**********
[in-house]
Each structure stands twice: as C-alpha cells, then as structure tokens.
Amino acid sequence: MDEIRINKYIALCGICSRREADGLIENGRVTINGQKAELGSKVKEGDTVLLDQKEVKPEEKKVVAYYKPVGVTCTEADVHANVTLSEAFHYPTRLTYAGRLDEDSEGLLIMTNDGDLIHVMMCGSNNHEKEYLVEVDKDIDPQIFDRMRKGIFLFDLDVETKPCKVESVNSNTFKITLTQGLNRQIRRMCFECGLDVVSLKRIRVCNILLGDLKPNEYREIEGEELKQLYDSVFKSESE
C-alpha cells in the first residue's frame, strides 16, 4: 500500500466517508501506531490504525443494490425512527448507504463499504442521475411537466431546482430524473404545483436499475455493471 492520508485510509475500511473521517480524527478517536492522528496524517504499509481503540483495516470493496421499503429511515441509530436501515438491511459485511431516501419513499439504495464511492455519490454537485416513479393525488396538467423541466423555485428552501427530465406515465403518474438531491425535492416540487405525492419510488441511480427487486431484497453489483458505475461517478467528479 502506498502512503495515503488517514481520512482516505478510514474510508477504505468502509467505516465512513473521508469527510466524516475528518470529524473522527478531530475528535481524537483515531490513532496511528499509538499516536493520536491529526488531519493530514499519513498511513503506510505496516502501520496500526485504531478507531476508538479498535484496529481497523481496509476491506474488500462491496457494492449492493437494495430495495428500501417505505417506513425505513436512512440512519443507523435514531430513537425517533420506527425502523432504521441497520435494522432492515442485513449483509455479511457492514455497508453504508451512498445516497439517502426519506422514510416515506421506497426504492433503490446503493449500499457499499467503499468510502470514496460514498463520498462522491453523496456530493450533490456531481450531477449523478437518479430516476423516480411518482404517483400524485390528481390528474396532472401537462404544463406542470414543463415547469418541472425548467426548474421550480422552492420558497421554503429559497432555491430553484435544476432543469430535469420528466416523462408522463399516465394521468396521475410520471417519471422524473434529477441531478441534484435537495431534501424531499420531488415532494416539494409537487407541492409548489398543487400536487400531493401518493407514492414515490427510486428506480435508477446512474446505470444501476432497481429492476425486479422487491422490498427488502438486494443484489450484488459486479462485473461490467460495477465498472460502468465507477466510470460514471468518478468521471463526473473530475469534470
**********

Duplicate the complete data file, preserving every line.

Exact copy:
[in-house]
Each structure stands twice: as C-alpha cells, then as structure tokens.
Amino acid sequence: MDEIRINKYIALCGICSRREADGLIENGRVTINGQKAELGSKVKEGDTVLLDQKEVKPEEKKVVAYYKPVGVTCTEADVHANVTLSEAFHYPTRLTYAGRLDEDSEGLLIMTNDGDLIHVMMCGSNNHEKEYLVEVDKDIDPQIFDRMRKGIFLFDLDVETKPCKVESVNSNTFKITLTQGLNRQIRRMCFECGLDVVSLKRIRVCNILLGDLKPNEYREIEGEELKQLYDSVFKSESE
C-alpha cells in the first residue's frame, strides 16, 4: 500500500466517508501506531490504525443494490425512527448507504463499504442521475411537466431546482430524473404545483436499475455493471 492520508485510509475500511473521517480524527478517536492522528496524517504499509481503540483495516470493496421499503429511515441509530436501515438491511459485511431516501419513499439504495464511492455519490454537485416513479393525488396538467423541466423555485428552501427530465406515465403518474438531491425535492416540487405525492419510488441511480427487486431484497453489483458505475461517478467528479 502506498502512503495515503488517514481520512482516505478510514474510508477504505468502509467505516465512513473521508469527510466524516475528518470529524473522527478531530475528535481524537483515531490513532496511528499509538499516536493520536491529526488531519493530514499519513498511513503506510505496516502501520496500526485504531478507531476508538479498535484496529481497523481496509476491506474488500462491496457494492449492493437494495430495495428500501417505505417506513425505513436512512440512519443507523435514531430513537425517533420506527425502523432504521441497520435494522432492515442485513449483509455479511457492514455497508453504508451512498445516497439517502426519506422514510416515506421506497426504492433503490446503493449500499457499499467503499468510502470514496460514498463520498462522491453523496456530493450533490456531481450531477449523478437518479430516476423516480411518482404517483400524485390528481390528474396532472401537462404544463406542470414543463415547469418541472425548467426548474421550480422552492420558497421554503429559497432555491430553484435544476432543469430535469420528466416523462408522463399516465394521468396521475410520471417519471422524473434529477441531478441534484435537495431534501424531499420531488415532494416539494409537487407541492409548489398543487400536487400531493401518493407514492414515490427510486428506480435508477446512474446505470444501476432497481429492476425486479422487491422490498427488502438486494443484489450484488459486479462485473461490467460495477465498472460502468465507477466510470460514471468518478468521471463526473473530475469534470